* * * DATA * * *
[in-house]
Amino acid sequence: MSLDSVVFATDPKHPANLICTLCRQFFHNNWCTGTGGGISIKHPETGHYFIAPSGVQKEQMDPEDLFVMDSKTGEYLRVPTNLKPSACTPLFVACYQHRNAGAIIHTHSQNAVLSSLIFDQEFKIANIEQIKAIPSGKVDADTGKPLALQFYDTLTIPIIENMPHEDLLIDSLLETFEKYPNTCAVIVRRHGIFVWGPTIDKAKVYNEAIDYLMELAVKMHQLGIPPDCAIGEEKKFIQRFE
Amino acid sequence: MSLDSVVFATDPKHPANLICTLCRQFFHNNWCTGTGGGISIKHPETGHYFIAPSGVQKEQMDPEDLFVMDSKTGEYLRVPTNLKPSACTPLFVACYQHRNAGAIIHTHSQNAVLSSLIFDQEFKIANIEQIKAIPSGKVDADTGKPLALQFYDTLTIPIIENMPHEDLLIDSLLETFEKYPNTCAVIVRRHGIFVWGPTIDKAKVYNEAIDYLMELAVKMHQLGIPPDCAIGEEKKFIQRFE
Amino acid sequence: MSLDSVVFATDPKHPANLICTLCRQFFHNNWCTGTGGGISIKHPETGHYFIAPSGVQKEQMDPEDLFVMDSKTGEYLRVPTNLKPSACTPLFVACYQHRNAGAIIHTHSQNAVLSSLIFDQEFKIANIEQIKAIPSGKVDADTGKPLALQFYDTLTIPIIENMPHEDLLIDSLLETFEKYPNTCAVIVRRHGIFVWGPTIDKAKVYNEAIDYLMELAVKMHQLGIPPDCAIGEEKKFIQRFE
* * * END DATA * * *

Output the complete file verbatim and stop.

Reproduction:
[in-house]
Amino acid sequence: MSLDSVVFATDPKHPANLICTLCRQFFHNNWCTGTGGGISIKHPETGHYFIAPSGVQKEQMDPEDLFVMDSKTGEYLRVPTNLKPSACTPLFVACYQHRNAGAIIHTHSQNAVLSSLIFDQEFKIANIEQIKAIPSGKVDADTGKPLALQFYDTLTIPIIENMPHEDLLIDSLLETFEKYPNTCAVIVRRHGIFVWGPTIDKAKVYNEAIDYLMELAVKMHQLGIPPDCAIGEEKKFIQRFE
Amino acid sequence: MSLDSVVFATDPKHPANLICTLCRQFFHNNWCTGTGGGISIKHPETGHYFIAPSGVQKEQMDPEDLFVMDSKTGEYLRVPTNLKPSACTPLFVACYQHRNAGAIIHTHSQNAVLSSLIFDQEFKIANIEQIKAIPSGKVDADTGKPLALQFYDTLTIPIIENMPHEDLLIDSLLETFEKYPNTCAVIVRRHGIFVWGPTIDKAKVYNEAIDYLMELAVKMHQLGIPPDCAIGEEKKFIQRFE
Amino acid sequence: MSLDSVVFATDPKHPANLICTLCRQFFHNNWCTGTGGGISIKHPETGHYFIAPSGVQKEQMDPEDLFVMDSKTGEYLRVPTNLKPSACTPLFVACYQHRNAGAIIHTHSQNAVLSSLIFDQEFKIANIEQIKAIPSGKVDADTGKPLALQFYDTLTIPIIENMPHEDLLIDSLLETFEKYPNTCAVIVRRHGIFVWGPTIDKAKVYNEAIDYLMELAVKMHQLGIPPDCAIGEEKKFIQRFE